When the mice touched a drop of uncomfortably hot or cold water (neither of which were severe enough to injure the mice) they withdrew, signaling to the scientists that the rodents were not pleased. Upon this withdrawal, the microscope’s recording showed a bundle of neurons firing in the amygdala — specifically in the basolateral region — suggesting that these neurons were specifically responsible for the emotion of pain.

It was, however, still possible that this basolateral ensemble was simply firing to relay general emotion, rather than specifically the unpleasantness of pain. So, the researchers fed the mice sugar water — a sweet treat known to bring joy to any mouse — and kept an eye on the collection of neurons suspected to relay displeasure. As expected, those neurons stayed silent.

“There’s also a difference between experiencing pain and experiencing something annoying, so we further wanted to test if the amygdala neurons active during pain were also associated with overall negative emotion, rather than pain particularly,” Scherrer said.

What miffs a mouse? The same things that might bother a sibling: tiny puffs of air to the face, an unappetizingly bitter taste or a very bad smell. While bothering the mice, the researchers again monitored the basolateral amygdala pain ensemble, and here, too, the neurons remained subdued.

Tracking the perception of pain

“After all of that, we concluded that this ensemble of neurons selectively responds during pain,” Scherrer said. “But it still didn’t fully demonstrate that they underpinned the emotional response.”

To investigate that question more deeply, the researchers set up a walking track with three invisible lanes: On the far left was a cold strip, on the right, a hot one; and in between the two was a temperate middle ground. (For context, walking in the two outer lanes was comparable to briefly walking barefoot on pavement in the midst of winter or summer, respectively — uncomfortable, but not permanently damaging.)

Normal mice that walked on the track gradually learned that the middle lane was tolerable, while the outer two were unpleasant. But in a select group of mice, the researchers temporarily disabled the bundle of amygdala pain neurons thought to relay feelings of physical discomfort. These mice — free of pain-incited unpleasantness — skittered around the outer regions, undeterred by the extreme temperatures.

What’s intriguing about this, Scherrer said, was that these mice weren’t bereft of physical feeling. “Pain was just no longer unpleasant for them,” he said. The rodents could still feel and respond to physical sensations, but the stimuli they once perceived as unpleasant (hot or cold drops of water) were no longer bothersome. When exposed to a drop of hot water, for example, the mice with a muted basolateral neural ensemble would move their paw away from the dropper, signaling that they felt the stimulus — but they would move their paw back to its original position, something that normal mice did not do. This is a crucial part of harnessing the ensemble as a tool in pain therapy, Scherrer said, as an animal, or human, without the ability to physically feel anything at all leaves them vulnerable to injury.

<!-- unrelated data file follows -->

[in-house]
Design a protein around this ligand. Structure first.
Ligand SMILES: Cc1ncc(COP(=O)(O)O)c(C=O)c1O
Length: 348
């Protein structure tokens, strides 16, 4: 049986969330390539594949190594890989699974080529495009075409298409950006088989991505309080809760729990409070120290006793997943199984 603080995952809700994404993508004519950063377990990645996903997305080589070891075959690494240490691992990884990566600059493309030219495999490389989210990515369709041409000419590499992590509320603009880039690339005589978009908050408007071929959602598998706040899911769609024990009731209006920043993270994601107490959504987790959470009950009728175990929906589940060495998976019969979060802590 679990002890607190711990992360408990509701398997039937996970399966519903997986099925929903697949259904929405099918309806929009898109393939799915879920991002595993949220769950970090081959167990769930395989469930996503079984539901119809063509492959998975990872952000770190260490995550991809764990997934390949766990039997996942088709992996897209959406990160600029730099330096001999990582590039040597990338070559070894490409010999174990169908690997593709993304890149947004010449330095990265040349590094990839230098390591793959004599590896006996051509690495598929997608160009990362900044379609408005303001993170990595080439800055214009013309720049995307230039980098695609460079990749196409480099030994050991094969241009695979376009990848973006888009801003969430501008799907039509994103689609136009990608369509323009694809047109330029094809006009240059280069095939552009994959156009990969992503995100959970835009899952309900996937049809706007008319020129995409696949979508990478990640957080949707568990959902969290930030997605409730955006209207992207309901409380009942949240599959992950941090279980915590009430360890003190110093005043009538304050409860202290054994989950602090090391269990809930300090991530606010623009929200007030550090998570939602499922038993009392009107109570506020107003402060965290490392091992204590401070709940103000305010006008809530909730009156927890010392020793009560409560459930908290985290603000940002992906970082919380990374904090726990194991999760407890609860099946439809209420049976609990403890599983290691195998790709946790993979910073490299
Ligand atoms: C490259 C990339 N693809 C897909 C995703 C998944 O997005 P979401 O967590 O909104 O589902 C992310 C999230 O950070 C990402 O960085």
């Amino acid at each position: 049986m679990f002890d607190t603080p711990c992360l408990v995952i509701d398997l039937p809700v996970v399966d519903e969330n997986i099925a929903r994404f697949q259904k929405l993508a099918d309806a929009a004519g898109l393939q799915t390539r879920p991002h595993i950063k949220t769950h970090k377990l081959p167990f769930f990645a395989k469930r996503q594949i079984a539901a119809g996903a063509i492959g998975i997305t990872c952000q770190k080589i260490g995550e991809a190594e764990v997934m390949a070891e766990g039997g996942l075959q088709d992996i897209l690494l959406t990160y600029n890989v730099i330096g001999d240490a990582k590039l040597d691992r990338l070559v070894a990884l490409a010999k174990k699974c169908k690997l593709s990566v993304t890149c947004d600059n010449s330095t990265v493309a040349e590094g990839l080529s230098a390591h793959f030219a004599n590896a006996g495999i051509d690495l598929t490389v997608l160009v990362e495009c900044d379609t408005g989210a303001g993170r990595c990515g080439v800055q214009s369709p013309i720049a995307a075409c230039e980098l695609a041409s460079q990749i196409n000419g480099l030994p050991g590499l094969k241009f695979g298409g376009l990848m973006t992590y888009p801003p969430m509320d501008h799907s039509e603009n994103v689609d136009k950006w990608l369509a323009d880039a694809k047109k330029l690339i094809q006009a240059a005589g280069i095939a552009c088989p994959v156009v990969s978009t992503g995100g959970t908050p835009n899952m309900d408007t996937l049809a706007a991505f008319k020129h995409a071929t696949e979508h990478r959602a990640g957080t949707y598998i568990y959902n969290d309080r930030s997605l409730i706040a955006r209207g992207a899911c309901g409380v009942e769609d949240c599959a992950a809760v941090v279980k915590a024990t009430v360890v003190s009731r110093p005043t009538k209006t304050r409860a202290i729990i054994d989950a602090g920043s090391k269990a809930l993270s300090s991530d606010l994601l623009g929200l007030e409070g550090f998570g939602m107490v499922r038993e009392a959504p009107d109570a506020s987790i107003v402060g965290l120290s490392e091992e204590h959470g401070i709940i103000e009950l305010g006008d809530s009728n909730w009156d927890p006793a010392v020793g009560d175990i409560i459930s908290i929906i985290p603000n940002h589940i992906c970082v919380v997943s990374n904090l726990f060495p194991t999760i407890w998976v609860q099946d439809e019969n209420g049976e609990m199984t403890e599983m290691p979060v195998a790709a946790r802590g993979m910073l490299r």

Long term, Scherrer aims to confirm that the function of the basolateral ensemble in mice is the same as it is in people, and then down the line, find a safe and effective way to silence the ensemble’s function without interfering with other neurons.

“There’s really no good treatment for chronic pain in humans, and that’s a major driver of the opioid epidemic,” Scherrer said. “But you’ll notice, patients who take opioids for pain report that they can still feel the sensation of pain but say it’s less bothersome — the emotions of pain are different. Our big future hope is that the cells in the basolateral ensemble could be a tactic to curb the ailment of pain without causing addiction and thus, ideally, act as a possible substitute for opioid treatment.”

Other Stanford authors of the study are former Stanford postdoctoral scholar Benjamin Grewe, PhD; and research scientist Dong Wang, PhD.

The study was funded by the National Institutes of Health (grants R00DA031777, R01NS106301, K99DA043609, F32DA041029 and T32DA35165), the New York Stem Cell Foundation, the Rita Allen Foundation, the American Pain Society, the National Science Foundation, the Howard Hughes Medical Institute, the Bill and Melinda Gates Foundation and the Swiss National Science Foundation.

Story Source:

Materials provided by Stanford Medicine. Original written by Hanae Armitage. Note: Content may be edited for style and length.


Journal Reference: